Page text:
The only time that a cycling fan may want to avoid Brittany is in the winter, as temperatures can plummet and resemble a cold day in Britain more than an idyllic French escape. However, prices are lower in the colder months and the roads more testing, so could offer a refreshing change of scene without travelling too far, and the indoor attractions will all still be there.

Getting There

The good news is that Brittany is not far away. For the more adventurous reader (or perhaps for those with a little more time), cycling there is very  much an option otherwise it’s a drive away and a ferry from Portsmouth to St Malo or Plymouth to Roscoff. Cycling UK have put together a handy guide to taking your bike on a ferry which is worth a quick read.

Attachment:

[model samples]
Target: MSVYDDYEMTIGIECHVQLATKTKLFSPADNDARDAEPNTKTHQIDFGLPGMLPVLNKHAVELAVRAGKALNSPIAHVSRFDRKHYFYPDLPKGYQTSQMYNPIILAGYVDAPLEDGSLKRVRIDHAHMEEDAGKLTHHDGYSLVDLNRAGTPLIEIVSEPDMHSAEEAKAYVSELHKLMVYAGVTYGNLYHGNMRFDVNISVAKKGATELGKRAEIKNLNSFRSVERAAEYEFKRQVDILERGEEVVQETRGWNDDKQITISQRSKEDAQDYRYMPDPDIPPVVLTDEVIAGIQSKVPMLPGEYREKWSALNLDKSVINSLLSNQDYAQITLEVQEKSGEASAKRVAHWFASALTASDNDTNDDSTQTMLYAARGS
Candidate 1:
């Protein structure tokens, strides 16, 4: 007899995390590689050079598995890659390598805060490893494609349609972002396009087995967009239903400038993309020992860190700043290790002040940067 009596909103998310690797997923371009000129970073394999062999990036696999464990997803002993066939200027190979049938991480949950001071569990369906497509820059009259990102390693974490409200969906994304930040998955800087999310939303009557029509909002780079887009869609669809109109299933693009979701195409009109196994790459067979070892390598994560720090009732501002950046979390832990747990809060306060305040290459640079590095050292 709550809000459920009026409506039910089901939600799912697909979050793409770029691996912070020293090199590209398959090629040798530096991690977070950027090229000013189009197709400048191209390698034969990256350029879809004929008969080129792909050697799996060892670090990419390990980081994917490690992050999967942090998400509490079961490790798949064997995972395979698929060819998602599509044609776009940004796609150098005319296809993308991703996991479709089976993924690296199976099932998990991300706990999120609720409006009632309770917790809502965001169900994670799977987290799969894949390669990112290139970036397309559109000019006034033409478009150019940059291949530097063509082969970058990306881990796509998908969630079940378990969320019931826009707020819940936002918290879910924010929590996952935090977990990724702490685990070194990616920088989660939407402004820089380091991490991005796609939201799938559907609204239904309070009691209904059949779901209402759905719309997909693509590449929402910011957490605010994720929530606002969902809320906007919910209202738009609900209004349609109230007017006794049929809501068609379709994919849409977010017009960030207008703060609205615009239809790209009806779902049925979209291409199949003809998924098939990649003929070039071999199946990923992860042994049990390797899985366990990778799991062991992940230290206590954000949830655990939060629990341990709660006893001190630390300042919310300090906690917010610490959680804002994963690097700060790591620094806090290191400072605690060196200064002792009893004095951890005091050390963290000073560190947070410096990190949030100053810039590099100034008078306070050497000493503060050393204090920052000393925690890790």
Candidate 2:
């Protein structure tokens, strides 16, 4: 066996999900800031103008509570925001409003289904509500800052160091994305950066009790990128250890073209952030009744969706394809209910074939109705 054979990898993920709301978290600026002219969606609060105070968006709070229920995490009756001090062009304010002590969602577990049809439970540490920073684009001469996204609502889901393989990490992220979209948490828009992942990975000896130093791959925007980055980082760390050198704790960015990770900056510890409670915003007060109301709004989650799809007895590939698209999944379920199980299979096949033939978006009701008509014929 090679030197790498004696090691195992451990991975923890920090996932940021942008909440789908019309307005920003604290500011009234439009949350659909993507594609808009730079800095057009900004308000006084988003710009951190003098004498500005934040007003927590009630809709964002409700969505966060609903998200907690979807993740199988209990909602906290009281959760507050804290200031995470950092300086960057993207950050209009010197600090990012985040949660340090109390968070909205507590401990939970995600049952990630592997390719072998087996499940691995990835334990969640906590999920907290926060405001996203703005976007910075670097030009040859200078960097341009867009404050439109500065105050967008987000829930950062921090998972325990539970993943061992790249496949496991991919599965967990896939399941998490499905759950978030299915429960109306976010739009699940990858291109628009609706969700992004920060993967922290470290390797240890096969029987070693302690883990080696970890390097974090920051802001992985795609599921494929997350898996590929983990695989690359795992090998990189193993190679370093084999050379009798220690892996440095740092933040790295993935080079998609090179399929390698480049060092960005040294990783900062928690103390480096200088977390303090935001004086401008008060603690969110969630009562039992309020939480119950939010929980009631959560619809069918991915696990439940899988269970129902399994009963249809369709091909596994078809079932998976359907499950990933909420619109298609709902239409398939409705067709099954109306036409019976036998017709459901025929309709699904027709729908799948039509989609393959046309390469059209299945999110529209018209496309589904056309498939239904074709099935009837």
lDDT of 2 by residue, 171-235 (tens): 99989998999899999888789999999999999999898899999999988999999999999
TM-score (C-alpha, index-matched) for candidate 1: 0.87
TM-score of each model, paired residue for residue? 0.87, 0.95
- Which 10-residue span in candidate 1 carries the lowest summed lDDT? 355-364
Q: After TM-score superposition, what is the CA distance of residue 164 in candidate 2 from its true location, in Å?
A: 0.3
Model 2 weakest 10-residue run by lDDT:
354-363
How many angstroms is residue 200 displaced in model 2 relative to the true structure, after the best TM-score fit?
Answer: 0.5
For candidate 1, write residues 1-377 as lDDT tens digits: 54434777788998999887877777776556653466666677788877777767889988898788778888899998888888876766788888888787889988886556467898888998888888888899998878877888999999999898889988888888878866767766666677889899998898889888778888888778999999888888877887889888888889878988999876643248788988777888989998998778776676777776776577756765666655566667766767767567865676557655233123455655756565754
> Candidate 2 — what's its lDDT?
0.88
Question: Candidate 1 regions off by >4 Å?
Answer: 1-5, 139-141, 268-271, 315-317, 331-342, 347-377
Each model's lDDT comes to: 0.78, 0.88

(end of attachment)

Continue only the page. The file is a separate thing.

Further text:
We hope that this short guide to a long weekend in Brittany has been helpful and that you want to visit this brilliant region of France in the near future. Stay tuned for more of these guides for yet more inspiration for where to go on your next trip. Before you travel, make sure you’ve taken out cycle travel insurance.

If you need your bike covered for damage and theft whilst abroad, you can take out road bike insurance here.